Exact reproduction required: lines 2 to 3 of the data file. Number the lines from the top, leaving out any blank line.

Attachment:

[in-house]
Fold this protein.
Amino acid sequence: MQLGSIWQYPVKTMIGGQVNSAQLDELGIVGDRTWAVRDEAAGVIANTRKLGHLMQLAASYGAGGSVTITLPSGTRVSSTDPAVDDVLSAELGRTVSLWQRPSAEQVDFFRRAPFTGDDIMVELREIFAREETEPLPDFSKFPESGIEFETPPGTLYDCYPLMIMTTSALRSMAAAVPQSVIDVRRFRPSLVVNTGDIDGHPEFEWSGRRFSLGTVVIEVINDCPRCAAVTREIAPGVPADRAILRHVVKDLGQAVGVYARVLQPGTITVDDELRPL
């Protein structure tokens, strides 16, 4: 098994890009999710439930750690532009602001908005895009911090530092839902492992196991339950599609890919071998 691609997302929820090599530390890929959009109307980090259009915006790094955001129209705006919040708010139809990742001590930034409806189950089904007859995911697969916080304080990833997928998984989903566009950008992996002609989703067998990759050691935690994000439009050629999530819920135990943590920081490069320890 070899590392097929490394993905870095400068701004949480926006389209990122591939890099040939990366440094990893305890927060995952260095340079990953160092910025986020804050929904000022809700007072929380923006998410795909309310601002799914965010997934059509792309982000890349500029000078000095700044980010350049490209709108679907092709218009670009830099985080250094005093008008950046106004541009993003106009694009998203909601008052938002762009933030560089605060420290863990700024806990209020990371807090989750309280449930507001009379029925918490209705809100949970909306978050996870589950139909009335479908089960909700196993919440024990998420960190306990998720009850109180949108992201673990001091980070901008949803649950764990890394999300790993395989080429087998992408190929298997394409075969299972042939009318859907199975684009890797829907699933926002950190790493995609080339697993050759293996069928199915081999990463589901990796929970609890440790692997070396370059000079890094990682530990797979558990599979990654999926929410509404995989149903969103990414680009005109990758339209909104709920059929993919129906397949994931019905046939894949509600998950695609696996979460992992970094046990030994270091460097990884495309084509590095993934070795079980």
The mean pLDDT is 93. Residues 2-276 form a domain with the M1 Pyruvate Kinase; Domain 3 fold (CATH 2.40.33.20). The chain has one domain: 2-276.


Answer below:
Fold this protein.
Amino acid sequence: MQLGSIWQYPVKTMIGGQVNSAQLDELGIVGDRTWAVRDEAAGVIANTRKLGHLMQLAASYGAGGSVTITLPSGTRVSSTDPAVDDVLSAELGRTVSLWQRPSAEQVDFFRRAPFTGDDIMVELREIFAREETEPLPDFSKFPESGIEFETPPGTLYDCYPLMIMTTSALRSMAAAVPQSVIDVRRFRPSLVVNTGDIDGHPEFEWSGRRFSLGTVVIEVINDCPRCAAVTREIAPGVPADRAILRHVVKDLGQAVGVYARVLQPGTITVDDELRPL